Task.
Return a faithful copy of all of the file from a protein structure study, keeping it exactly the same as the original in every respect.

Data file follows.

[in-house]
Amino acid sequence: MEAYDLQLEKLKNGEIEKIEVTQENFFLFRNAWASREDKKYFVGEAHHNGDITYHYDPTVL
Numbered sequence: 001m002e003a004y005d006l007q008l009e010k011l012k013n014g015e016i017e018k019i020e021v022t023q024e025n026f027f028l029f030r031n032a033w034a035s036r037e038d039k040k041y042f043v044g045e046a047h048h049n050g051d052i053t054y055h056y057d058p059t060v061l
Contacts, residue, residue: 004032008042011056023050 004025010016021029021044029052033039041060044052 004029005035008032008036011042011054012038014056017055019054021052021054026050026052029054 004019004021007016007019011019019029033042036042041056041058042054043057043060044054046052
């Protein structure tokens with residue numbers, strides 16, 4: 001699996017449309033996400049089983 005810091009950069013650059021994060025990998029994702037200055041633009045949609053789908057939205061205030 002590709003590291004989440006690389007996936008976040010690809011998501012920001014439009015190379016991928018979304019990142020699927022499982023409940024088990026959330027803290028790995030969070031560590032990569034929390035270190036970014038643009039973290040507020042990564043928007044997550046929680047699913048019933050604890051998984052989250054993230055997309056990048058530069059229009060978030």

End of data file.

[in-house]
Amino acid sequence: MEAYDLQLEKLKNGEIEKIEVTQENFFLFRNAWASREDKKYFVGEAHHNGDITYHYDPTVL
Numbered sequence: 001m002e003a004y005d006l007q008l009e010k011l012k013n014g015e016i017e018k019i020e021v022t023q024e025n026f027f028l029f030r031n032a033w034a035s036r037e038d039k040k041y042f043v044g045e046a047h048h049n050g051d052i053t054y055h056y057d058p059t060v061l
Contacts, residue, residue: 004032008042011056023050 004025010016021029021044029052033039041060044052 004029005035008032008036011042011054012038014056017055019054021052021054026050026052029054 004019004021007016007019011019019029033042036042041056041058042054043057043060044054046052
């Protein structure tokens with residue numbers, strides 16, 4: 001699996017449309033996400049089983 005810091009950069013650059021994060025990998029994702037200055041633009045949609053789908057939205061205030 002590709003590291004989440006690389007996936008976040010690809011998501012920001014439009015190379016991928018979304019990142020699927022499982023409940024088990026959330027803290028790995030969070031560590032990569034929390035270190036970014038643009039973290040507020042990564043928007044997550046929680047699913048019933050604890051998984052989250054993230055997309056990048058530069059229009060978030």